Danakil Depression (Afar Triangle, Ethiopia)

This is the place with the average hottest temperatures on Earth and it’s as beautiful as it is strange. Sitting 100 meters below sea level the Danakil is located in the Afar Triangle near the Eritrean border. I love surreal landscapes and this is one not to be missed! The green and yellow hydrothermal pools not only look cool, but are of great interest to astrophysicists as they contain extremophilic microbes that could help understand how life might arise on other planets and their moons.

Blue Mosque (Mazari-Sharif, Afghanistan)

I’m a lover of all the stops along the ancient Silk Road and Afghanistan is no exception. This isn’t a destination many Americans think about traveling to, and I was honestly quite nervous myself, but I loved the time I spent there and hope to go back. That being said, safety is definitely a concern, and in fact my guide — whom I trust — told me while I was there that of the country’s 30 provinces only six were safe for tourist travel. One of the six safe provinces is the Balkh Province, which is where I stayed, in Mazari-Sharif. In Mazar you can find The Shrine of Hazarat Ali, also know as The Blue Mosque. The architecture of this mosque is incredible. It’s similar to other mosques you can find along the Silk Road built in the 15th century, but none of the others are nearly as big.

Babylon (Iraq)

Iraq is another destination most Americans don’t think about visiting, at least outside of a military capacity. Last year I went there twice. I love Iraq. It’s a beautiful country with some of the kindest, most hospitable people and some of the best ancient sites the world has to offer. This is the cradle of civilization. All that being said, there are also some serious security concerns one should definitely consider before traveling. For the intrepid traveler interested in an experience way off the beaten path you will be greatly rewarded. One of many amazing sites to see is the ancient ruins of Babylon. This is the most famous of the Mesopotamian cities. The ruins are in excellent condition, and the location is also where Alexander the Great died. The ancient city has been cited many times in the Bible which earned it quite the sinful reputation.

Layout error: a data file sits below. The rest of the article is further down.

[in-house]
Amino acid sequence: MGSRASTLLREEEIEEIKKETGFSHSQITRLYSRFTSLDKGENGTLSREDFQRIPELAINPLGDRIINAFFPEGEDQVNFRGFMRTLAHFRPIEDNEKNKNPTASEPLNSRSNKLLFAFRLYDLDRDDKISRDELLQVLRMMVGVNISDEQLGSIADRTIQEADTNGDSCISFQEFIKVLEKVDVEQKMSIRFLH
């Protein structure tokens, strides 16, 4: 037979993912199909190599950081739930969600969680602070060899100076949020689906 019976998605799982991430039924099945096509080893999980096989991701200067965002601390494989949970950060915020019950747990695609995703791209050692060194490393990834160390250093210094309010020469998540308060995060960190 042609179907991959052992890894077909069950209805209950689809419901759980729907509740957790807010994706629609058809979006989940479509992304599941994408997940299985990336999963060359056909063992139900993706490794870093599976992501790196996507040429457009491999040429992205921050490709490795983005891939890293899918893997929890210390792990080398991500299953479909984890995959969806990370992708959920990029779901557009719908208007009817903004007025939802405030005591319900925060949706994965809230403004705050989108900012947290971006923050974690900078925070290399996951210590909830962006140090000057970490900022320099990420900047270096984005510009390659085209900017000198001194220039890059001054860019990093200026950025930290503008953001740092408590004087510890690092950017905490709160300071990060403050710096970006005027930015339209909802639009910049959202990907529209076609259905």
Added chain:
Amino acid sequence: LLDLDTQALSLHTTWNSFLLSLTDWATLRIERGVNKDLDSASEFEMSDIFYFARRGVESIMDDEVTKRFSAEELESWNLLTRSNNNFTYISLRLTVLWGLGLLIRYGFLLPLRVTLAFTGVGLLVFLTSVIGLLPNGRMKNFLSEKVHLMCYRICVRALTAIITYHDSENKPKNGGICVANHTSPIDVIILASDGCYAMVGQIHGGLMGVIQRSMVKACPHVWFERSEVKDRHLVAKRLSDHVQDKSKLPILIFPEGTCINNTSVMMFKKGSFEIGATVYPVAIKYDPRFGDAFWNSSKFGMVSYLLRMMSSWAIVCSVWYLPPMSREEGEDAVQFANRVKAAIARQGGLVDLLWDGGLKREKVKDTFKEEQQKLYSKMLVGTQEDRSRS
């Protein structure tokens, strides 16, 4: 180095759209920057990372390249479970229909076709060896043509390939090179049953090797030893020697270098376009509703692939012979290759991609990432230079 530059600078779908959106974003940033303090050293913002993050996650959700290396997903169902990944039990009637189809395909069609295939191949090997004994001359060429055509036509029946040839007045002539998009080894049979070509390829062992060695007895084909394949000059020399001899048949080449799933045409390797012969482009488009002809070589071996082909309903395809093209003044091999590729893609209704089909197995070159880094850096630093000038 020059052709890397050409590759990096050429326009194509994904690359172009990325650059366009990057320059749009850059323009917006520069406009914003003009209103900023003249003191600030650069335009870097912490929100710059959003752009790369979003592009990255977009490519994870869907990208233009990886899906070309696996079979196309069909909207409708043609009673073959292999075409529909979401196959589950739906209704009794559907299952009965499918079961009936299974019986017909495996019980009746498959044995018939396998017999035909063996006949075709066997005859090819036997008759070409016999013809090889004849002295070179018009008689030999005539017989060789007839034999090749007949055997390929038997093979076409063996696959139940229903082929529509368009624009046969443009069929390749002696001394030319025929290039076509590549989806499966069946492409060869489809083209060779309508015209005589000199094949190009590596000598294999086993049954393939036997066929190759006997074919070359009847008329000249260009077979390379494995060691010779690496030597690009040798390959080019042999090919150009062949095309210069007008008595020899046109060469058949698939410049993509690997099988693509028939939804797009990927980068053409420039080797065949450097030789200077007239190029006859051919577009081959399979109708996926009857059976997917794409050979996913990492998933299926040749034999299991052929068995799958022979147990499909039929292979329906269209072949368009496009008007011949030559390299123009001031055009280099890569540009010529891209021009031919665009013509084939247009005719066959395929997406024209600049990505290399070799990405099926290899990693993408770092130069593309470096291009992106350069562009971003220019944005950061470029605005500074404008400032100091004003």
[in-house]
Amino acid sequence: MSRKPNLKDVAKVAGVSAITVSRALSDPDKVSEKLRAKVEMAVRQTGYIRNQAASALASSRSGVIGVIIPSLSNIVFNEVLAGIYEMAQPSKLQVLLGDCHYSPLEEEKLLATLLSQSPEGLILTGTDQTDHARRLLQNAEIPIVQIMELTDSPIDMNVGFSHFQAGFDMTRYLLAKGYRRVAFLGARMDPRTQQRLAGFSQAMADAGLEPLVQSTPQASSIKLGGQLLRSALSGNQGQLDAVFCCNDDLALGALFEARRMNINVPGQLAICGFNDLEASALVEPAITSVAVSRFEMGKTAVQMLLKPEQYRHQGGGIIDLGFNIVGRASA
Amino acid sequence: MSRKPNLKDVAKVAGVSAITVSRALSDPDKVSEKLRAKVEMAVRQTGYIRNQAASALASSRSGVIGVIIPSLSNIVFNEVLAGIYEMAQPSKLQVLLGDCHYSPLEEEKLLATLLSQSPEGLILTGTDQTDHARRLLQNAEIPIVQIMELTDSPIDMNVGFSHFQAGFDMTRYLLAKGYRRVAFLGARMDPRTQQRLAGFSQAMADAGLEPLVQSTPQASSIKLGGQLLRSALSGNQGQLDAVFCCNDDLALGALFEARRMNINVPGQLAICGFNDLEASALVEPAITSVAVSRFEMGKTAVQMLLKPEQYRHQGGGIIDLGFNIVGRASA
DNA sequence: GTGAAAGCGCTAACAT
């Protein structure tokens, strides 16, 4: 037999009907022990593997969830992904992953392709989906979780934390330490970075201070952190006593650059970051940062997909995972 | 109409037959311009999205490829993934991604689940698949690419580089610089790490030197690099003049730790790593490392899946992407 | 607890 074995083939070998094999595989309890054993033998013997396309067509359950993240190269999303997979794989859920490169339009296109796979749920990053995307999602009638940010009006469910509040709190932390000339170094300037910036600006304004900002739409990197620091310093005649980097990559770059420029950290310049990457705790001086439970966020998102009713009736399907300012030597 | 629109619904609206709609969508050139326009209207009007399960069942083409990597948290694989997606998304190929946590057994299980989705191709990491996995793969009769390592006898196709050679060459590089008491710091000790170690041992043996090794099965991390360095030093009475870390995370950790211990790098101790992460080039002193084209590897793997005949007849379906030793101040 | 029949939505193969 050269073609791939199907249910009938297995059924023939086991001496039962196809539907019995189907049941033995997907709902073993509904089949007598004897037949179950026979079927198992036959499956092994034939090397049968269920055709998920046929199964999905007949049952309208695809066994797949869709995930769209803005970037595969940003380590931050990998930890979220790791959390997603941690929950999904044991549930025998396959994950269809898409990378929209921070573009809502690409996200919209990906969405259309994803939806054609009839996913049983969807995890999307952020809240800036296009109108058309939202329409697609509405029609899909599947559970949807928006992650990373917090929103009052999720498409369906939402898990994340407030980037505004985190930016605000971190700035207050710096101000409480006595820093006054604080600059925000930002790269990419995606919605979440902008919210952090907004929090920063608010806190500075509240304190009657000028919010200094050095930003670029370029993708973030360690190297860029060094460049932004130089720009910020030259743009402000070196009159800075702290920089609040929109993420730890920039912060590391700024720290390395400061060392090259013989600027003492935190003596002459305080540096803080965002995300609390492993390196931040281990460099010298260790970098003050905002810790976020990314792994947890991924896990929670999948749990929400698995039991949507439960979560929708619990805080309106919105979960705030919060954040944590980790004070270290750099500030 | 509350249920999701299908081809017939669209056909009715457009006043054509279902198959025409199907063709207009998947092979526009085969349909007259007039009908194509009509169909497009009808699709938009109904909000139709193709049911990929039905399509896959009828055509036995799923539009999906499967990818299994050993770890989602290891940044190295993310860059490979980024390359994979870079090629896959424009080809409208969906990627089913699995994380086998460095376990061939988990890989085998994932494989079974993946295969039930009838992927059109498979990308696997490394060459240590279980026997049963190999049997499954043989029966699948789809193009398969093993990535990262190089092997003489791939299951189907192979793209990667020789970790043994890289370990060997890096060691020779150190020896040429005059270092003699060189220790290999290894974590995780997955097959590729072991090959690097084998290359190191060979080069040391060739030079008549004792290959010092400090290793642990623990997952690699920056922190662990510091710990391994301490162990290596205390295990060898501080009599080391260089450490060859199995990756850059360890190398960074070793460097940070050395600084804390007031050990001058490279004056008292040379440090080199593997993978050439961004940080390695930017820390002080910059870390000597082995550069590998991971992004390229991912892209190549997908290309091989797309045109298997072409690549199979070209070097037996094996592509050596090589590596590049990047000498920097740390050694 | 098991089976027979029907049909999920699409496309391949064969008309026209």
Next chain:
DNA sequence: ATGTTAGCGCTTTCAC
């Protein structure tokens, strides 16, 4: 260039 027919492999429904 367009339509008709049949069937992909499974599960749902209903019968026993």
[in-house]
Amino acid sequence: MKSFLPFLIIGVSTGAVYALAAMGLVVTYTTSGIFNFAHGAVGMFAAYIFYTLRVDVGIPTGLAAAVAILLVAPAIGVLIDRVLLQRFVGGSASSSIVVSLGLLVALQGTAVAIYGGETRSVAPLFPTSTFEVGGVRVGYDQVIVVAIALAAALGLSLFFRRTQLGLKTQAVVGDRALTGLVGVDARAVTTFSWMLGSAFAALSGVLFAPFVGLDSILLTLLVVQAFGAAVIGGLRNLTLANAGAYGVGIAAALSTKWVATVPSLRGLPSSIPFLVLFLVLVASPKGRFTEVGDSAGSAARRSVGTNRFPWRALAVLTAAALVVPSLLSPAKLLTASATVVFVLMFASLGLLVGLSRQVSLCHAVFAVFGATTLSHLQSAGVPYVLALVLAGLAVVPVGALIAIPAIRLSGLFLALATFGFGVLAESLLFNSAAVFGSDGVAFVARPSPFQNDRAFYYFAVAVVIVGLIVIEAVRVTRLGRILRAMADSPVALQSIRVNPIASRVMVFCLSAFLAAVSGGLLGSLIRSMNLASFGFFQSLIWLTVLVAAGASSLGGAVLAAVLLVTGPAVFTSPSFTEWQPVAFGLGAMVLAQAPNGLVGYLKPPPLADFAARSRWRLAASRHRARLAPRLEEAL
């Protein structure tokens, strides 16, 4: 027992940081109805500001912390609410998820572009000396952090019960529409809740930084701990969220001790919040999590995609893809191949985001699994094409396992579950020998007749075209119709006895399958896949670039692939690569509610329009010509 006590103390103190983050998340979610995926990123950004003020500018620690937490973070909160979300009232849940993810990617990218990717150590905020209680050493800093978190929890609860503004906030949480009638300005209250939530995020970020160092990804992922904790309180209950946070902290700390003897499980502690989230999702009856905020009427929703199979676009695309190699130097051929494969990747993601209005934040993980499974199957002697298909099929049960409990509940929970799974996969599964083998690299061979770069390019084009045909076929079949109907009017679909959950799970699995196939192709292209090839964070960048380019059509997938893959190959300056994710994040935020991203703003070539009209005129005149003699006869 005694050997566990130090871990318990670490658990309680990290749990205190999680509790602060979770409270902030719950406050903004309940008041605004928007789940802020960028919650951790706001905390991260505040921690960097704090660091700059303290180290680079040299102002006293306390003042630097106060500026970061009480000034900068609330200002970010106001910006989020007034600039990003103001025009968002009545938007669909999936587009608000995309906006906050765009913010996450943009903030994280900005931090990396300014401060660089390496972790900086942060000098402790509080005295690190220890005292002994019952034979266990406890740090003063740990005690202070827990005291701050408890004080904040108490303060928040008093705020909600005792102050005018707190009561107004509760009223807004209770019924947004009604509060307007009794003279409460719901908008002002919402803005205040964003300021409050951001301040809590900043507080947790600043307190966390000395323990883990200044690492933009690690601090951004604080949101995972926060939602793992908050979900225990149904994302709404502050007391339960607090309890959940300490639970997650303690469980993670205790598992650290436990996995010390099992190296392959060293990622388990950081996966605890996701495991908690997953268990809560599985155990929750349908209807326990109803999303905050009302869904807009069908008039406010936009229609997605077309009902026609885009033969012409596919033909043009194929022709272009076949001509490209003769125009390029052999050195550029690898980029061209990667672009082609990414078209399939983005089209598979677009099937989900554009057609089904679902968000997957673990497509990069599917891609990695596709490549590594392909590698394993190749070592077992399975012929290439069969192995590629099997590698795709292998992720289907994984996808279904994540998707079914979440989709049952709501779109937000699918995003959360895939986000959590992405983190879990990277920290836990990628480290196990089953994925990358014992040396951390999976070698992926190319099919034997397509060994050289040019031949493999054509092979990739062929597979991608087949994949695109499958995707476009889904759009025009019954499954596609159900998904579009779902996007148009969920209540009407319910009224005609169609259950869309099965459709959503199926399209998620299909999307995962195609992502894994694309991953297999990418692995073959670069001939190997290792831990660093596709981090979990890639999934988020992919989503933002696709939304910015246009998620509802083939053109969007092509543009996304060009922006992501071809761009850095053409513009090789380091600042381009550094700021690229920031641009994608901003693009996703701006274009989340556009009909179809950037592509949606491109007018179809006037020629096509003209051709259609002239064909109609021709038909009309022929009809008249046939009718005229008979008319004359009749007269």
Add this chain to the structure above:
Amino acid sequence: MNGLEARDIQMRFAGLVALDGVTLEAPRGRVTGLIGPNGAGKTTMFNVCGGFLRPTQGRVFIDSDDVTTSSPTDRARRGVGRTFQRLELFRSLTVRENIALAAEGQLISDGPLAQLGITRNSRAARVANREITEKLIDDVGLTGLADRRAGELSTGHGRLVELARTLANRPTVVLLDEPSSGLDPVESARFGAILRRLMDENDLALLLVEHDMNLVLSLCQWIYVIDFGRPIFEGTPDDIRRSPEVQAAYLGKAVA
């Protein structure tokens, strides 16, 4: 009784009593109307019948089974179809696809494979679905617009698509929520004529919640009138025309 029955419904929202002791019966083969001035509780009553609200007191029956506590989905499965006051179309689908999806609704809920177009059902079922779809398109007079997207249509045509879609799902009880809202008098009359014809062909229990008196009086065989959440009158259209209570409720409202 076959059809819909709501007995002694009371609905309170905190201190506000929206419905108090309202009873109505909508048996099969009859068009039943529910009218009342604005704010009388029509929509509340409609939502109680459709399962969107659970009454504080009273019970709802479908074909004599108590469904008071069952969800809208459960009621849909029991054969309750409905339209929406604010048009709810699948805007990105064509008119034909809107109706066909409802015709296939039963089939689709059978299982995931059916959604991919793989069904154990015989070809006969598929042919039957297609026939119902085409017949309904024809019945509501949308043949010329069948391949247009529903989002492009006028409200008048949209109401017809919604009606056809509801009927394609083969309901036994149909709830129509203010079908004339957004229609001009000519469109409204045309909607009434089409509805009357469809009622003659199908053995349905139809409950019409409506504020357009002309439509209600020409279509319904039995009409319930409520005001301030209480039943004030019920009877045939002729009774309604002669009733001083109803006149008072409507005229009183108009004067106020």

Stalin’s Museum (Gori, Georgia)

At this point I have traveled fairly extensively across all the former Soviet countries including Russia and found that none of them are very proud of Stalin, as they shouldn’t be. Virtually all of the old statues have been removed and destroyed. Except in Gori, the birthplace of Stalin, where they have a museum celebrating the brutal dictator. It’s a fascinating museum that conveniently leaves out the Gulags and the millions that died because of this man. Outside the museum is the actual house he was born in and the armored Soviet train car that he travelled everywhere in during World War II.

Abandoned Council of Ministries Building (Sukhumi, Abkhazia)

The Republic of Abkhazia is a breakaway state and partially recognized republic on the eastern coast of the Black Sea. The capital is Sukhumi. I find all the breakaway states of the Caucasus region fascinating. The region had autonomy in the Soviet Union but when the Union dissolved tensions began to build between Georgians and the local Abkhaz. This led to a very bloody war and ethic cleansing against the local Georgian minorities. In the center of the city was the Council of Ministries building, which was hit with bullets and tank shells and eventually gutted by fire. It still stands there today. They have left it completely as is as a reminder of the brutal war that happened not so long ago.